2 Oct 2014

Prostate cancer is the most common cancer in men in Northern Ireland. But there are not enough services to support these men and too many are having to deal with life-changing side effects of treatment alone. So today we're launching our Quality Checklist in Northern Ireland. It's a gold standard setting out what men with prostate cancer should expect to receive. And we're launching support services to bridge the gap.

Over 7,500 men are currently living with the disease. Although survival rates are improving, the number of distressing and life-changing side-effects associated with prostate cancer still isn't being properly addressed.

A survey we carried out has shown that 76 per cent of men who’ve been treated for prostate cancer report experiencing erection problems, 69 per cent a loss of sexual desire, and 68 per cent urinary incontinence.

Currently in Northern Ireland there are few support services in place to help men affected by the side effects of prostate cancer treatment – particularly around incontinence and psychosexual issues (thoughts and feelings that may cause problems having sex). There are also less than half the number of Cancer Nurse Specialists (CNS) for men with prostate cancer than for women with breast cancer. This is despite evidence that access to a CNS can greatly improve a man’s ability to cope with his illness. And there are no services to help gay, bisexual and trans-women prostate cancer patients who can have specific, often un-met, needs.

Men of Northern Ireland, meet Prostate Cancer UK

Today we’re launching our Quality Checklist at the Northern Ireland Assembly in Stormont. We want all Members of the Legislative Assembly (MLAs) to work with us and with local Health & Social Care Trusts to implement the Quality Checklist for Northern Ireland. The Quality Checklist is our gold standard setting out what men with prostate cancer should expect to receive, wherever they live. Based on research among men and health professionals, we hope the Quality Checklist will help MLAs hold health commissioners to account and improve support services for men with prostate cancer.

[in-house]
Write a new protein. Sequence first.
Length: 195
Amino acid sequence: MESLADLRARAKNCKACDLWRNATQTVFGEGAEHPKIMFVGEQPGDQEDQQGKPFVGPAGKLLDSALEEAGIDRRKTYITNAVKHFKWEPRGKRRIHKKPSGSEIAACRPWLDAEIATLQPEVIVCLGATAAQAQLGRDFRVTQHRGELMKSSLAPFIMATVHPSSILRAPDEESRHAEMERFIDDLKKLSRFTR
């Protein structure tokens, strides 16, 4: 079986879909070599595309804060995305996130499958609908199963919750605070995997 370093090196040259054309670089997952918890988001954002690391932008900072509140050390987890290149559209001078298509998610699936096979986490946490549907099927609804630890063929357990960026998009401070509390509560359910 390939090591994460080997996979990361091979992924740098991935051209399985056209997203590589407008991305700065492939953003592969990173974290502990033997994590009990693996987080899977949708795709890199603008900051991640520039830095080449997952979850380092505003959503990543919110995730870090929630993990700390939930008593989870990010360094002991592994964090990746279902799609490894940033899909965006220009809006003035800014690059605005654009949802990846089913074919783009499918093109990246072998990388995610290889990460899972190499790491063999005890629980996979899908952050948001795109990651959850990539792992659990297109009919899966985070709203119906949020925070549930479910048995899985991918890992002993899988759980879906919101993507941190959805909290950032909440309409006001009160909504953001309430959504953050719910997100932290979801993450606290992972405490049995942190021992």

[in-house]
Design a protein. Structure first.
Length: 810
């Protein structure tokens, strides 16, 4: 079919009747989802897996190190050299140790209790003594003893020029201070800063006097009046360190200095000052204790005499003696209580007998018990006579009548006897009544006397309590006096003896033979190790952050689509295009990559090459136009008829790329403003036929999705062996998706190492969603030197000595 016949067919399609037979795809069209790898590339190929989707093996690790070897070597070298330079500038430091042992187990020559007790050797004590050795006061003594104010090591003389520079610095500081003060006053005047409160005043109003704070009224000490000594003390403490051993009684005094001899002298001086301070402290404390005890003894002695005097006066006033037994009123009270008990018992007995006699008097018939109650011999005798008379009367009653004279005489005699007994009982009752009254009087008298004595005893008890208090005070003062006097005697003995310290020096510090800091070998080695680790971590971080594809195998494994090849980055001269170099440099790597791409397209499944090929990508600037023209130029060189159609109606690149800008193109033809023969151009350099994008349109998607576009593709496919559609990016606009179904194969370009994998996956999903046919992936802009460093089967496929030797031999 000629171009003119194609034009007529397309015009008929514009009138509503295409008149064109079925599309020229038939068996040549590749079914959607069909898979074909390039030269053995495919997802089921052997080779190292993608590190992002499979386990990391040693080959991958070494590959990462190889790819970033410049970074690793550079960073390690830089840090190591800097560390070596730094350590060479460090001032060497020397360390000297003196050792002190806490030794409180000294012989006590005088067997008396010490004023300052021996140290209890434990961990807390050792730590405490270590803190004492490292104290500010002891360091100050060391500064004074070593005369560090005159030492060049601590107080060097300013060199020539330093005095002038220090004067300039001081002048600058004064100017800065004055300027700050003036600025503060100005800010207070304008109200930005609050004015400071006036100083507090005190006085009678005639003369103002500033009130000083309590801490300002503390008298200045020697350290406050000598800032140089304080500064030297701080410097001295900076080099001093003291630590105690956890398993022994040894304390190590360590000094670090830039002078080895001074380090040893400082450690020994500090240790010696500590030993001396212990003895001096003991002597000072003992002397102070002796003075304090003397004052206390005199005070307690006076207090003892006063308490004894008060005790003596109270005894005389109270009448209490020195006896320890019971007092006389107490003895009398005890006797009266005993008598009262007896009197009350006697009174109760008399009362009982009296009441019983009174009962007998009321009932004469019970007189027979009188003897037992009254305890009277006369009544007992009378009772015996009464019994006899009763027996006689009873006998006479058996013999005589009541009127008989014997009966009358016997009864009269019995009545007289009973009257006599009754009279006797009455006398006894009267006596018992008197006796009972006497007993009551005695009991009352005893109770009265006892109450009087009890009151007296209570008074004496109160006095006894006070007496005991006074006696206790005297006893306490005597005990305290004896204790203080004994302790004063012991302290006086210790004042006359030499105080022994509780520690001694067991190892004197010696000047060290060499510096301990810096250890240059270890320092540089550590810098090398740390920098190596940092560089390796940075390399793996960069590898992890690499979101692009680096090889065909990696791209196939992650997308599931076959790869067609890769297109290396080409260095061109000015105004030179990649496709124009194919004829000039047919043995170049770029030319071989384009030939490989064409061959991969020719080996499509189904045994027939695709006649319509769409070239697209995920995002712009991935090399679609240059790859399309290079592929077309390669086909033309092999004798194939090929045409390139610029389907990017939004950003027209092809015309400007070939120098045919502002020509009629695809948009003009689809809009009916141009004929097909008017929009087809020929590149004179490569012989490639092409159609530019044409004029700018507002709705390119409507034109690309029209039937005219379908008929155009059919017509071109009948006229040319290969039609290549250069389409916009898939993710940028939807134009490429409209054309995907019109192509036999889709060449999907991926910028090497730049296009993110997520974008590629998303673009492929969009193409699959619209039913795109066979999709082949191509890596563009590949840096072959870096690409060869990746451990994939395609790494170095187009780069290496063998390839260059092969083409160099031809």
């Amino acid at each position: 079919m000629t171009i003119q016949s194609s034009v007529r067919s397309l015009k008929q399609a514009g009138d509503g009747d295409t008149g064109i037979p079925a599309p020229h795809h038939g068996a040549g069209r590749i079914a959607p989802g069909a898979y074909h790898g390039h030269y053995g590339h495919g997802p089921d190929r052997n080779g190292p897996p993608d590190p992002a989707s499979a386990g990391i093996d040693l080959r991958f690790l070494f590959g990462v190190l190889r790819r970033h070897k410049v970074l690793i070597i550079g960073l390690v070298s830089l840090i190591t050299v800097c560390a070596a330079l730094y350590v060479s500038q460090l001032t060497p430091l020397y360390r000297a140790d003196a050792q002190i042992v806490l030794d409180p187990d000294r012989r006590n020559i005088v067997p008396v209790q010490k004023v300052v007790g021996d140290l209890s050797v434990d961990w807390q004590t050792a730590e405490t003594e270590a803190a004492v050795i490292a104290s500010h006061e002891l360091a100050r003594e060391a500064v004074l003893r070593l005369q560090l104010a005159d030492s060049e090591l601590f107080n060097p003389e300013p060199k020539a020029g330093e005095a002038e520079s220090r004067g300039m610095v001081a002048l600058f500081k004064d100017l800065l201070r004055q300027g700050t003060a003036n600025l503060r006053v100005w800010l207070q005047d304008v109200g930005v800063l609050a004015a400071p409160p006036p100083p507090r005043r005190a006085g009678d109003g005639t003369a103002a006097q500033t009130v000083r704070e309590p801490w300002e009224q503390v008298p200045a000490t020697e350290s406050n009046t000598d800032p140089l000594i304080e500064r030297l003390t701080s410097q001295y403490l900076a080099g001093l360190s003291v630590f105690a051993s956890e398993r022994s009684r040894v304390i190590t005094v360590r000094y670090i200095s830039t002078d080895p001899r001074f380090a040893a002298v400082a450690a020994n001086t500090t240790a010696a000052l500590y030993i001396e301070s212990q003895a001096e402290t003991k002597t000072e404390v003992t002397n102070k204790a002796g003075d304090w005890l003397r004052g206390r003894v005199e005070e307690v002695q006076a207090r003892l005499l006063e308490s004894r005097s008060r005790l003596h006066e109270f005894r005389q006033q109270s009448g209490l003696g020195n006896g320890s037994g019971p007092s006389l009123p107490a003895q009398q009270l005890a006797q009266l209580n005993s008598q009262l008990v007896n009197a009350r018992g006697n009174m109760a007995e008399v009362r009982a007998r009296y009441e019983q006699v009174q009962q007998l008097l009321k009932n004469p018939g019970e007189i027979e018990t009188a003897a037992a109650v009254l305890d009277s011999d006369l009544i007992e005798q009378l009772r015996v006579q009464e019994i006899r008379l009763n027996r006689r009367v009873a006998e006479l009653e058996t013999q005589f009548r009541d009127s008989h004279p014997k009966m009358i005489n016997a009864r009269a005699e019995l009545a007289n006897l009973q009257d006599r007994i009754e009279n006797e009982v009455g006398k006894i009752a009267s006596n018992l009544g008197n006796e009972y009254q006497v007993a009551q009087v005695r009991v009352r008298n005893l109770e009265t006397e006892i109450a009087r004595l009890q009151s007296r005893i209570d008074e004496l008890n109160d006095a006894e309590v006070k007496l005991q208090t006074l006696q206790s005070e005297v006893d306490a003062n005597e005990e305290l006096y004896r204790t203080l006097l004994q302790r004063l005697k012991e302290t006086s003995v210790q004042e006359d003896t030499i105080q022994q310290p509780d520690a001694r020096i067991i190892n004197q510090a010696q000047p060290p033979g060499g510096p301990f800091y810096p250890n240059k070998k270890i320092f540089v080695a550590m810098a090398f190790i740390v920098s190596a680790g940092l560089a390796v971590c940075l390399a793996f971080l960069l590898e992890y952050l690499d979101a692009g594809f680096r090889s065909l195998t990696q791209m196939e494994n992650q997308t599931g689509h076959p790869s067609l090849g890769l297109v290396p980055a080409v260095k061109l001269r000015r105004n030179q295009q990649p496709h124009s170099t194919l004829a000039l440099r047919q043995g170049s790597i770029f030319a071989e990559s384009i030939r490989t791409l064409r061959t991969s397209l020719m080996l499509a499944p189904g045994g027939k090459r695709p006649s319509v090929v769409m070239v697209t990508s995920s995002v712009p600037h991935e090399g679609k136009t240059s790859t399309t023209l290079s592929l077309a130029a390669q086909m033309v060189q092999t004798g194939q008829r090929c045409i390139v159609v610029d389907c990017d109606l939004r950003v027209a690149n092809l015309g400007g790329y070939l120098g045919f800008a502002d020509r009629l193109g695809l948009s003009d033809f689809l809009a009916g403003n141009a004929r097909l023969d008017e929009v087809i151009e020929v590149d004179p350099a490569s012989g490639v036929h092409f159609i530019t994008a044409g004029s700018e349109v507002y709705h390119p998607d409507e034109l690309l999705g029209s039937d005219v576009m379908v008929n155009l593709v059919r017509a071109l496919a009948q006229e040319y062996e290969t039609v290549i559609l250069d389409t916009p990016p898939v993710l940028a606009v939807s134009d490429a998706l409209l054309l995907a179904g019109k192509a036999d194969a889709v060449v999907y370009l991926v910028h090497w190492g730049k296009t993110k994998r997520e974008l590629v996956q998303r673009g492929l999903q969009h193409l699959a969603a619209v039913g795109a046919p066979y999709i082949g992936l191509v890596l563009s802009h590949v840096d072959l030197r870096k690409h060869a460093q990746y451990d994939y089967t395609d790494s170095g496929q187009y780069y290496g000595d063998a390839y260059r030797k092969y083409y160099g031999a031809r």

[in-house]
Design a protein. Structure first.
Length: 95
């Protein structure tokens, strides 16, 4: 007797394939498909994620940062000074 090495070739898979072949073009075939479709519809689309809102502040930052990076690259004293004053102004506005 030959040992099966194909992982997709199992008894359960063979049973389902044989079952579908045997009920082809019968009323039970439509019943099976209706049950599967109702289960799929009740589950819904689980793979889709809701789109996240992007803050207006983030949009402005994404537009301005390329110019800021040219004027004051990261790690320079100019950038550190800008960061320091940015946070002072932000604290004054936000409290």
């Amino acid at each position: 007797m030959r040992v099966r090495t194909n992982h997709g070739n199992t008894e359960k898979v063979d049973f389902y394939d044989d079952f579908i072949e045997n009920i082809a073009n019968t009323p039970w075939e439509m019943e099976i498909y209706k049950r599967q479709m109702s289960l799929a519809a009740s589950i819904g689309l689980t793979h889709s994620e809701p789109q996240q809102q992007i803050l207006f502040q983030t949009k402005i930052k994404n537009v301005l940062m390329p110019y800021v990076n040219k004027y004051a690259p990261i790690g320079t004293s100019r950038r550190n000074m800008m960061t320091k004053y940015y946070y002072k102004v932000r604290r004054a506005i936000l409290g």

Dr Sarah Cant, Director of Policy and Strategy at Prostate Cancer UK said: “There are critical gaps in prostate cancer support for men in Northern Ireland. They get a raw deal when it comes to getting them through the life changing side effects that can accompany treatment. The Department of Health, Social Services & Public Safety has already said that improving access to rehabilitation and recovery services should be a priority, however progress for prostate cancer patients has been slow.

"As treatments improve, more men than ever will be living through the disease and that makes it even more urgent that the right structures are put in place to support them. Today we are calling on MLAs to back our Quality Checklist by working with their local Health and Social Care Trusts to provide top quality support for all men with prostate cancer. The time for action is now.”

Men in Northern Ireland are being let down and we can’t just stand by. We are in a position to deliver vital on-the-ground support as well.

Not an organisation to simply sit back and watch others do the work, we used the launch of the Quality Checklist at Stormont to announce we are launching our own initiatives to help bridge the gap in service provision, made possible with funding from the Movember Foundation.

These include psychosexual support and relationship counselling and social support groups for gay and bisexual men. We are also planning future funding for a physiotherapist post at Belfast City Hospital to focus on reducing the impact of continence problems following surgery to remove the prostate. This is on top of our well established free information materials, peer support forums, and a dedicated specialist nurse telephone line.

Prostate Cancer UK will work closely with a network of local organisations to implement the new on-the-ground services. Partners include Relate Northern Ireland, Men’s Action Network, and the Rainbow Project.

Dr Cant continued: “Men in Northern Ireland are being let down and we can’t just stand by. Prostate Cancer UK already has a history of funding world class research in Northern Ireland and now we are in a position to deliver vital on-the-ground support to men as well.

"By working with established partners, and drawing on their extensive local expertise, we can begin to address the lack of support services immediately and get on with improving lives. However, this is only the start of a solution; men deserve to see our efforts being backed by real commitment to the delivery of more permanent support services from the Executive, the DHSSPS, and HSC Trusts. Only then will we see lasting improvements across the country.”

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